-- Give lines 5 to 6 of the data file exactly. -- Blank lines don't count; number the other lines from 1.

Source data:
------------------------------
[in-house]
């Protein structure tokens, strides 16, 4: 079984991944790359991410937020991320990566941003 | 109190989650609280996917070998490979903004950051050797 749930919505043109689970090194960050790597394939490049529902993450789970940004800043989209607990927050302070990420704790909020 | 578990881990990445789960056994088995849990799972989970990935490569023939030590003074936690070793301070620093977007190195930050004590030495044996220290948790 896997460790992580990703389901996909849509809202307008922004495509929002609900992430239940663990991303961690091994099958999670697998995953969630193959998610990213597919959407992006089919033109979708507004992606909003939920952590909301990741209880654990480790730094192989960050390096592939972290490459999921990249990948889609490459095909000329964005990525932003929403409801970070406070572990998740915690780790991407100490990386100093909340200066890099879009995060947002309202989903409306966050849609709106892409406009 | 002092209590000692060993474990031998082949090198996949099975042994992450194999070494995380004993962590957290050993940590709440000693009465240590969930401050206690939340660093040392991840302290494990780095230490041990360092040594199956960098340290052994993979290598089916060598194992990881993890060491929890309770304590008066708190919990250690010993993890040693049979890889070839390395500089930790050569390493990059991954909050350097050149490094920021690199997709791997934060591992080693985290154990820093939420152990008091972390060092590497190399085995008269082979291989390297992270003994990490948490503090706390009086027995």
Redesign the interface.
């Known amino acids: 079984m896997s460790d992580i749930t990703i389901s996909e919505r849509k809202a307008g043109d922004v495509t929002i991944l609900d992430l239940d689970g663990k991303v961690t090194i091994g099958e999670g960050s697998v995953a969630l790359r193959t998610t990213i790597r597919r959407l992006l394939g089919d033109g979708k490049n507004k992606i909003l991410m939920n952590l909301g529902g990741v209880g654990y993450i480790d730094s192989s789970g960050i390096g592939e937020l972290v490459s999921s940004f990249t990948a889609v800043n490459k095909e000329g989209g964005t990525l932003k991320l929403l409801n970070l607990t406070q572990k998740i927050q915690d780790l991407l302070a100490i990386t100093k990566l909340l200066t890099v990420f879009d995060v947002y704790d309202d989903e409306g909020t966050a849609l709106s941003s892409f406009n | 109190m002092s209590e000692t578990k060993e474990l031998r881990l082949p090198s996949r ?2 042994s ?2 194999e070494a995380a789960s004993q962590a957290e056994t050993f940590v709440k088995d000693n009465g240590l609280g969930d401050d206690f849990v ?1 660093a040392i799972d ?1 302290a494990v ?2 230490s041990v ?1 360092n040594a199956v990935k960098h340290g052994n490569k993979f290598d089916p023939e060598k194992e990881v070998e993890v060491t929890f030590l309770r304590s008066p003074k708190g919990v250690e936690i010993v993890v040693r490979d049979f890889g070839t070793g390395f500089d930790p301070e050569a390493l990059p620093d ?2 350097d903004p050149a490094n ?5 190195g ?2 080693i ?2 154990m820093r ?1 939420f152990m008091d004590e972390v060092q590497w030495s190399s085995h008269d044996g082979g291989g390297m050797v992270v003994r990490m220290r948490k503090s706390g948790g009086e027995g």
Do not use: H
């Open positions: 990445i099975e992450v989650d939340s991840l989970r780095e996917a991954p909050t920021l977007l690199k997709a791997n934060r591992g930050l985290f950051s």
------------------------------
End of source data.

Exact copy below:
Do not use: H
């Open positions: 990445i099975e992450v989650d939340s991840l989970r780095e996917a991954p909050t920021l977007l690199k997709a791997n934060r591992g930050l985290f950051s």